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Few contemporary directors have a style as instantly recognizable as Wes Anderson’s. While his films have spanned locations ranging from Japan to pre-war Central Europe to 1960s New England, his style of production design is equal parts twee pop and French New Wave, with healthy doses of vintage upholstery thrown in for good measure. His is an attention to detail giving design lovers plenty to obsess over.
Anderson has a love for symmetry, geometric patterns, and muted versions of the primary colors. Shots are often monochromatic at first glance, but reveal rich color and texture variations upon a closer look. He likes to show handwritten notes and furniture that look like it could be found in that cool vintage store down the street, and if you’ve been wanting to mirror that decor, we rounded a bunch of items to buy while you count down the days until “The French Dispatch“ arrives this fall. Below, find a bunch of home goods that contain elements of Anderson’s trademark style. For more shopping guides check out best gifts for movie lovers and tips to turn your office into a creative sanctuary.
Remember rotary phones? This Wild Wood Rotary Phone looks like it could have sat in Edward Norton’s office at Camp Ivanhoe, ringing off the hook with urgent calls from distressed parents of missing Khaki Scouts. The shade of yellow is distinctly Anderson. It looks so cool, there’s no need to tell anyone if you don’t have a landline to plug it into.
Like many great Anderson props, this clock manages to find wry humor in its utilitarian nature. It only shows what is necessary to tell time, but the drab shade of green gives it a playful 1960s aesthetic. But time moves a little differently in Anderson’s world, so he could probably use in any number of decades.
With its charming mid-century design, the Vornado Vintage Junior Fans looks like it was pulled straight out of an Anderson film. The 10.1” x 11.4” fan features two speed settings and it’s ideal for apartment living and workspaces.
Just flashy enough to look like it could be a misguided display of wealth, just odd enough to catch your eye without distracting from the scene, and just unique enough to make audiences wonder where Anderson found it. It is very easy to picture Bill Murray and Tilda Swinton being served tea on this tray by a butler played by Jason Schwartzman.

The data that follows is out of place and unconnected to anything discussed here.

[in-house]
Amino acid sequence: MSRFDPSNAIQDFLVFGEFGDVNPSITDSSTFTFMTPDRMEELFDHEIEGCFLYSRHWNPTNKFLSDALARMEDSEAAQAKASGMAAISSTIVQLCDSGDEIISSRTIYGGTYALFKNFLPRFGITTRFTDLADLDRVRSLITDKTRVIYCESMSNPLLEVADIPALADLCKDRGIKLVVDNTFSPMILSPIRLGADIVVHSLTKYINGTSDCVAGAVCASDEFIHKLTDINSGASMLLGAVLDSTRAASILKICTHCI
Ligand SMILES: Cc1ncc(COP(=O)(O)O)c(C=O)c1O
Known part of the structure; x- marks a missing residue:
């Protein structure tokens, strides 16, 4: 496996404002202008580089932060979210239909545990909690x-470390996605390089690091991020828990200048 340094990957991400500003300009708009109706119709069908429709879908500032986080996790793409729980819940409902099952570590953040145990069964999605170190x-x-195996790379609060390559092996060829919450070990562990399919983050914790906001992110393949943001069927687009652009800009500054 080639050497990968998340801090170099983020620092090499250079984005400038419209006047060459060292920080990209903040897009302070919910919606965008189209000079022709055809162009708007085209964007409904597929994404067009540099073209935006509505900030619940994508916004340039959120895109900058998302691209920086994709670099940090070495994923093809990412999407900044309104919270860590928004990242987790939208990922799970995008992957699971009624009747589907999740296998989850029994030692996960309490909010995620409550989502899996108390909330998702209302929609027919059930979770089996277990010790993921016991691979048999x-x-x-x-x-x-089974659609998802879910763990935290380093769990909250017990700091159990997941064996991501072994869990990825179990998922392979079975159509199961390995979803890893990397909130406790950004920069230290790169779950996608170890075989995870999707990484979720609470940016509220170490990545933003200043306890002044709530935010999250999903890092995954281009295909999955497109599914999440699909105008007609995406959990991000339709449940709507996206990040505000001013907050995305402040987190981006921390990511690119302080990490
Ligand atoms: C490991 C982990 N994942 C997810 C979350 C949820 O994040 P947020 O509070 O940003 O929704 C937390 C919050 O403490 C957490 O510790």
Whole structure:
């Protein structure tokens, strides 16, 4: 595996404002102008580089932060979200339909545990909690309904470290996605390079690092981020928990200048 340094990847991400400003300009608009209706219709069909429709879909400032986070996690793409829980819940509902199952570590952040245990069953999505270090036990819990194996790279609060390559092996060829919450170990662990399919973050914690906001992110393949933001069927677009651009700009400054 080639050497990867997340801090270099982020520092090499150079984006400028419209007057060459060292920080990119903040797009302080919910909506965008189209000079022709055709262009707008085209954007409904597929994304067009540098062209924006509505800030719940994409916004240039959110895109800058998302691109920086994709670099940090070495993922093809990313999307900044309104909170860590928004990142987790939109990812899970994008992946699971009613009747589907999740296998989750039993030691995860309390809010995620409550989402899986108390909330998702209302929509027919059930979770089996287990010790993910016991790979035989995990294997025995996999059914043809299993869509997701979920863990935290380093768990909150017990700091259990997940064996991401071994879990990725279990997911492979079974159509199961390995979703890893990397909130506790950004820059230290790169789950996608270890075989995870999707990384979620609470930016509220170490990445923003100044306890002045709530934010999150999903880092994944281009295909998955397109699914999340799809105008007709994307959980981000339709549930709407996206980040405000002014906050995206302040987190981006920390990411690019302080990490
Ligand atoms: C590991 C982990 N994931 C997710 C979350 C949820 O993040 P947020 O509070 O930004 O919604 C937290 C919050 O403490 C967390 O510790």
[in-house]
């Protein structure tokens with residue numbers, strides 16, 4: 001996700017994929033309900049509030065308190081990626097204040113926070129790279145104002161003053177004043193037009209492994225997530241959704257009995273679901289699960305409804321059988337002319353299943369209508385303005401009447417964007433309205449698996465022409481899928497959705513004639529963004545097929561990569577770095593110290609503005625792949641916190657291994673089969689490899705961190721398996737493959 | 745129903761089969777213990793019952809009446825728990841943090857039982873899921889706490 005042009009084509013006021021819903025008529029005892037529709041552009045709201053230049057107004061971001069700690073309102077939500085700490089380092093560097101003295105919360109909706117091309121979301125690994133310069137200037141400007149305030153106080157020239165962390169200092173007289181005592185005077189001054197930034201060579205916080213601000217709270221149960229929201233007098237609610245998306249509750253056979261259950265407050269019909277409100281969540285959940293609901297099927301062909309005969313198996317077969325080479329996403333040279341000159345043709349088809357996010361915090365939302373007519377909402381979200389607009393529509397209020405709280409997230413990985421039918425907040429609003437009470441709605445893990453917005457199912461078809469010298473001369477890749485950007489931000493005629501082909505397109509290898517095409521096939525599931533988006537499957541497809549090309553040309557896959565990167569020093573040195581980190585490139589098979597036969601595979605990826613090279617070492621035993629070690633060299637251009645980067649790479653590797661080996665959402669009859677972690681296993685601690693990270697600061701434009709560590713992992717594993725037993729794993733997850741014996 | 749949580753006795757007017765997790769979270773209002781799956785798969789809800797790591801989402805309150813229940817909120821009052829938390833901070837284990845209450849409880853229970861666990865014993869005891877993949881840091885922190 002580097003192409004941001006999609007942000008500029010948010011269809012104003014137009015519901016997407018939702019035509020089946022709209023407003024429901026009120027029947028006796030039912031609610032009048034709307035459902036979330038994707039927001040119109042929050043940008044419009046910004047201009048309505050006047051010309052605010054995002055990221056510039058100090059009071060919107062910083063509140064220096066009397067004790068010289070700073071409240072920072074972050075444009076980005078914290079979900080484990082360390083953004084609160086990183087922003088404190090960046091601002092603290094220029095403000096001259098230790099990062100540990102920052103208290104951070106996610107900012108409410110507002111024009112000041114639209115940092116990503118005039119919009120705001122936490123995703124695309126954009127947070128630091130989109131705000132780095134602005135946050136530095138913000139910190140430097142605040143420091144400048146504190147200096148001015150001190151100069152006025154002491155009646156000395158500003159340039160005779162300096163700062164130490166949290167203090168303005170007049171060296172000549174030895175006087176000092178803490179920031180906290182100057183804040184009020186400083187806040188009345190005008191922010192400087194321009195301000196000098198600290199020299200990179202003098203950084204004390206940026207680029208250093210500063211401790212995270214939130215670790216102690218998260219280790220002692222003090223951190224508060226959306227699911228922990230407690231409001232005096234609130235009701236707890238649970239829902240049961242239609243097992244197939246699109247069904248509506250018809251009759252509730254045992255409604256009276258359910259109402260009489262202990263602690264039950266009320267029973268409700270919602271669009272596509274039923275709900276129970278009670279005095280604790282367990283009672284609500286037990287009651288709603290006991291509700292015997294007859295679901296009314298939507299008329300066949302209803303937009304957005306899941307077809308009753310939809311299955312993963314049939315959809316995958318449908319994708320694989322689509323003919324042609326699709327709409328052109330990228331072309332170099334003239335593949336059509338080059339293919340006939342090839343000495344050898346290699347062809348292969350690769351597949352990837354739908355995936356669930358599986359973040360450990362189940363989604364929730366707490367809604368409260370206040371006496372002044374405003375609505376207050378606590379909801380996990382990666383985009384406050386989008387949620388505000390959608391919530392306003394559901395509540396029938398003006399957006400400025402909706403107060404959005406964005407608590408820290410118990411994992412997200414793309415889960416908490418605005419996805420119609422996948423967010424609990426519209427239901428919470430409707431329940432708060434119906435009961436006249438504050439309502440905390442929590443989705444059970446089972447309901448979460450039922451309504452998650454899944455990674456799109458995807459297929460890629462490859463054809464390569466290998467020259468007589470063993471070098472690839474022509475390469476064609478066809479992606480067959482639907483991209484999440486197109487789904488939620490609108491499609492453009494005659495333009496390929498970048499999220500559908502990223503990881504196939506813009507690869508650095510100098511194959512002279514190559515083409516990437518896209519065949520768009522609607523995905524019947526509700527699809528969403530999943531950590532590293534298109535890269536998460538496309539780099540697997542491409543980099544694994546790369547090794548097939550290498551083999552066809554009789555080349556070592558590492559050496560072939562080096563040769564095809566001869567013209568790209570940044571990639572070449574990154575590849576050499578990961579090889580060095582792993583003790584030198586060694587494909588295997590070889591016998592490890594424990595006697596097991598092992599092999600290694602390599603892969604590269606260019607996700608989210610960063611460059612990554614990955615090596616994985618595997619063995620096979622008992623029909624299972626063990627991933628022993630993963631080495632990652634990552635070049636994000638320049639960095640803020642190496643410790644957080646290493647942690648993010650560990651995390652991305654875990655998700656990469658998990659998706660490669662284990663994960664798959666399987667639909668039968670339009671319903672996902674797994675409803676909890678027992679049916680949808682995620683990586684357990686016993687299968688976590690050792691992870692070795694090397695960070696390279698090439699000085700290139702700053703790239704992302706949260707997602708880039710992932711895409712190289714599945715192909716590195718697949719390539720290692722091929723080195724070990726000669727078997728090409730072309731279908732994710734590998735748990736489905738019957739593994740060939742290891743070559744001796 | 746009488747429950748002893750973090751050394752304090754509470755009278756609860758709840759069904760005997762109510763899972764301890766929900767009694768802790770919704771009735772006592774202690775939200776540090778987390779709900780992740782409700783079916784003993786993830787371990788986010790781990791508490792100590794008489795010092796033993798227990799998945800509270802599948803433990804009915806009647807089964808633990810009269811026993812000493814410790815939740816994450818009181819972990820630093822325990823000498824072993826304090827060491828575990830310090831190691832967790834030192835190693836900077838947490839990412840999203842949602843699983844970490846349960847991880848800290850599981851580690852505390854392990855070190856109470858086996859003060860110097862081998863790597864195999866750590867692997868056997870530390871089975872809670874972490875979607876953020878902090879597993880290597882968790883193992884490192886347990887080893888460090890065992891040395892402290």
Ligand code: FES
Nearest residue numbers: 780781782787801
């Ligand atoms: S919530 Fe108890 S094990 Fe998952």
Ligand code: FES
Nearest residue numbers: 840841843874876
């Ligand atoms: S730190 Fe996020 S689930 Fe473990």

If there’s one thing Wes Anderson loves, it’s symmetry and repetition. This three-layered bar cart could easily fit into an Anderson film, provided you fill it with bottles of obscure vintage absinthe, and slightly-chipped antique highball glasses. The Coral Cape Satin Gold Bar Car features silk-screened glass with a banana leaf abstract pattern on the middle shelf.
A meticulous attention to detail is a hallmark of Anderson’s movies, so of course couches are important too. This vintage couch design is very on brand for the director, and you can get it in several colors including saddle, navy, and grey. It manages to be elegant while simultaneously looking like it could have been collecting dust in a penthouse for the past three decades. And it’ll look great with an area rug.
Let there be light. If you haven’t noticed, lamps are a big part of Anderson’s design aesthetic. This Retro Orange Glass Table Lamp stands out in any room it is in. If you’re going for a more rounded looks, then try the Hudson Table Lamp.
This mid-century inspired dresser is an investment piece. Design enthusiasts will fall in love with the natural wood silhouette with rounded bar pulls and dowel legs.
Leave this on your desk with an unsent, meticulously-worded goodbye letter to an old lover sticking out of it. Enough said.
Anderson loves to label things, and this bluntly-stamped cookie jar is reminiscent of the storybook aesthetic found on so many of his sets. If you want to feel like an indie film character with a wandering mind who needs to be reminded of where the cookies are stored in your own house, look no further.
With each passing film, Anderson’s production designs seem to become more and more ornate. This end table looks like it would blend perfectly into the scenery of “Hotel Chavalier.” Like any piece of Anderson-inspired furniture, it would do an excellent job of playing its small role in a larger design symphony. Pleasantly detailed for those looking at it, but so loud that it distracts from the rest of the room.